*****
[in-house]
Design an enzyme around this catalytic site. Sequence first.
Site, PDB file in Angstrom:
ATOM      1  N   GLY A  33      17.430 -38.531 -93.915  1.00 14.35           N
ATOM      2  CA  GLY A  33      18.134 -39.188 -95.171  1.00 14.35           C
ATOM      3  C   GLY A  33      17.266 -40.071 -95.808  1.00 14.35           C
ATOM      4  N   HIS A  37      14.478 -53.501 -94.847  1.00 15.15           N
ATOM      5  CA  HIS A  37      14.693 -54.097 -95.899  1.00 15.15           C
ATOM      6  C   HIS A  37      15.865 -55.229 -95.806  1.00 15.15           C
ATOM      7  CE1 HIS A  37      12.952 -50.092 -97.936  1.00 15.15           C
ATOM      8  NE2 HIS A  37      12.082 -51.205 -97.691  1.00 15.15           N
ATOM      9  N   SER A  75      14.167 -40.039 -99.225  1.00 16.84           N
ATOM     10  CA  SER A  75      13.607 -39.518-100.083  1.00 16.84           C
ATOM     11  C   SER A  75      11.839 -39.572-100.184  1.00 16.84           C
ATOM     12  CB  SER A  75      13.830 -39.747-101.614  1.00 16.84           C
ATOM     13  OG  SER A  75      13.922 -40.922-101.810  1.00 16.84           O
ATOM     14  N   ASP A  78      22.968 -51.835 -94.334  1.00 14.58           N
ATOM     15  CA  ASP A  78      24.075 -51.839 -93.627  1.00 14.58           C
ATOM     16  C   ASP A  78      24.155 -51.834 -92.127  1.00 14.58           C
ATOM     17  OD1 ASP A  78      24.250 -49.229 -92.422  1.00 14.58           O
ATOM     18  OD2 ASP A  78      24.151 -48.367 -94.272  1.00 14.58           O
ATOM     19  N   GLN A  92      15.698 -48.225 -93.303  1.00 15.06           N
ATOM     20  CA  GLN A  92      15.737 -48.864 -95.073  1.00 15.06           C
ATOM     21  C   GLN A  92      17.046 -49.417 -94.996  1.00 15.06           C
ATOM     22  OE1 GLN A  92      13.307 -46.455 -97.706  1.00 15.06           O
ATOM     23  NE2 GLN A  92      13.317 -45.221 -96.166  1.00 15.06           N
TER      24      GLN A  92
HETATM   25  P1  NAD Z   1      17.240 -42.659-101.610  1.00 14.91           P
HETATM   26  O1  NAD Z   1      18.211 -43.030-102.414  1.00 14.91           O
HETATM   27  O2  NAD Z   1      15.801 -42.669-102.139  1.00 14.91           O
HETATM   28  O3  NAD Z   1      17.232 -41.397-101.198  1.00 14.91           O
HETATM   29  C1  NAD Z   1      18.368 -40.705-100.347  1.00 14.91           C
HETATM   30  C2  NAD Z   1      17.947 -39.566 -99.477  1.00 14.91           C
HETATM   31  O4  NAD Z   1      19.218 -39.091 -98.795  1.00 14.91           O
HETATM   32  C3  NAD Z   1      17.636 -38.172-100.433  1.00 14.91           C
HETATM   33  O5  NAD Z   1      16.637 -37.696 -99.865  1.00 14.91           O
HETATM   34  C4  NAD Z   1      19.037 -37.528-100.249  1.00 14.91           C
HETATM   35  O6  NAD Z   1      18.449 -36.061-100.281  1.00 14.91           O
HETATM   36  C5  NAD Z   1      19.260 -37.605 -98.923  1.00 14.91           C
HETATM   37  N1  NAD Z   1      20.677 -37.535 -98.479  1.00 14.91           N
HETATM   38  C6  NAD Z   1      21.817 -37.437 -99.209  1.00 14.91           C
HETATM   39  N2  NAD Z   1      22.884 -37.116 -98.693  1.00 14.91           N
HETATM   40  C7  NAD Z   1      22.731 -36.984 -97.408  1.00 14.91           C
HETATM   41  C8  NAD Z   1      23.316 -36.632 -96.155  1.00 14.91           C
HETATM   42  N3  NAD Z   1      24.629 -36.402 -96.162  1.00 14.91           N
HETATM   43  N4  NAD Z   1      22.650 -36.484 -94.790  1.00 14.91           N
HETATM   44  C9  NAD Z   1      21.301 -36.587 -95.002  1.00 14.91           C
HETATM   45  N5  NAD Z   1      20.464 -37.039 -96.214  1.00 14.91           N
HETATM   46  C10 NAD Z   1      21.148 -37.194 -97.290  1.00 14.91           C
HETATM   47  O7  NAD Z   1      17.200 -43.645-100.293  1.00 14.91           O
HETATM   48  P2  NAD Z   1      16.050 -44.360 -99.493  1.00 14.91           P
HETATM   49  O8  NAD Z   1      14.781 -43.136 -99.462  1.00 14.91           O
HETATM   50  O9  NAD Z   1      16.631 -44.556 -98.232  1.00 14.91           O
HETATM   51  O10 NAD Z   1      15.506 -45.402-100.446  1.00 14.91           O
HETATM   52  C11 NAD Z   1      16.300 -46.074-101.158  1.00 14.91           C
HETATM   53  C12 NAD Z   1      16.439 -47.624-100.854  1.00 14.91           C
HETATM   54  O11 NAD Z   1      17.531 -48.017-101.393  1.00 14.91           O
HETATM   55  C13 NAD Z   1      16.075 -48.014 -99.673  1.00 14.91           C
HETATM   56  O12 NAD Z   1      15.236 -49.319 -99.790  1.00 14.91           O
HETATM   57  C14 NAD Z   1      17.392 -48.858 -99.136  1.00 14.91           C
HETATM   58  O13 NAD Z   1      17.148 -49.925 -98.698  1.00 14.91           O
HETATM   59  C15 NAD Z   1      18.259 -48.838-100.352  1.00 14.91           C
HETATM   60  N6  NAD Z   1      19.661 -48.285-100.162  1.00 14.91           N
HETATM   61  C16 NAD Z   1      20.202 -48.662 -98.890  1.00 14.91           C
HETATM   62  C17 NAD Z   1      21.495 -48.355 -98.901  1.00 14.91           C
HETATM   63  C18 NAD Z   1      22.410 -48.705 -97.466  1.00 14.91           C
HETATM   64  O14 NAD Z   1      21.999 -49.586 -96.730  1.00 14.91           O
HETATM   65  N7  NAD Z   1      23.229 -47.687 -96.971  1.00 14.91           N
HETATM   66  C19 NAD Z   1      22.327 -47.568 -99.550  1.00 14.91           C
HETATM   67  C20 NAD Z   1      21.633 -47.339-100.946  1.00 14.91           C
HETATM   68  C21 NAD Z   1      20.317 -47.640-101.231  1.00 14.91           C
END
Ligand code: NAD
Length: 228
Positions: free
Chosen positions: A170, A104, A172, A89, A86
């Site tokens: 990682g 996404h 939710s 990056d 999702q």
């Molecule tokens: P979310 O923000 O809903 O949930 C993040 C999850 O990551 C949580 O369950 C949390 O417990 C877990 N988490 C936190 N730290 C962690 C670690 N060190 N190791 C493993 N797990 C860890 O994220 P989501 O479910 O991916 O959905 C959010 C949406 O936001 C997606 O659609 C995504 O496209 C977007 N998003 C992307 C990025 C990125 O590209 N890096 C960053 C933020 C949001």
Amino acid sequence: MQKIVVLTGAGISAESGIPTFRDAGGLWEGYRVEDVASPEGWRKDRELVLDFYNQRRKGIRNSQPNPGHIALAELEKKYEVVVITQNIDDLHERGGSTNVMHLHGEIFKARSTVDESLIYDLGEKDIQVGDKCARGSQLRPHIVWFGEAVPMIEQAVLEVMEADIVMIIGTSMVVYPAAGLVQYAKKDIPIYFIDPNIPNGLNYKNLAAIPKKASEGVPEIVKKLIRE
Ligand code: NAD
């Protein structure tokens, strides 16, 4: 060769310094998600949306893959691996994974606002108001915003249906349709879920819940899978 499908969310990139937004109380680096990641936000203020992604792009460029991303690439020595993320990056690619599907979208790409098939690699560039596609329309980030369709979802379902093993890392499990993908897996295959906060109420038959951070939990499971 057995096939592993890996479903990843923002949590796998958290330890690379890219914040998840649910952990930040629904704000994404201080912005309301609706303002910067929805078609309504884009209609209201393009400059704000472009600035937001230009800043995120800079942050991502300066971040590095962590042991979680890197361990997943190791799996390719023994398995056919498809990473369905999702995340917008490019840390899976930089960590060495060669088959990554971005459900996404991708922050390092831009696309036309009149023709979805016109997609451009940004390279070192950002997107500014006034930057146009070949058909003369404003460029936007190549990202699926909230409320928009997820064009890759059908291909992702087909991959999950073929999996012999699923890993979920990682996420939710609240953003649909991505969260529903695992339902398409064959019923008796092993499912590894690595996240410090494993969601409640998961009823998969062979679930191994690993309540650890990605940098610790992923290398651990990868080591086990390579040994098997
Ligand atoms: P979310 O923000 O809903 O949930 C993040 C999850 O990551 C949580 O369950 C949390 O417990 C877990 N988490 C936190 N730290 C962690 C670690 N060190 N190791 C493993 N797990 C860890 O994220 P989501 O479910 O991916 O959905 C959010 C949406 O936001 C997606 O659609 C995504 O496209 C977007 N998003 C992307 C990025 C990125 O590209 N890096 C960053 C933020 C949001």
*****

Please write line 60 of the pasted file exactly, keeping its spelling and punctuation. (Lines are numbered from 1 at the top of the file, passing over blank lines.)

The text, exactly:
HETATM   57  C14 NAD Z   1      17.392 -48.858 -99.136  1.00 14.91           C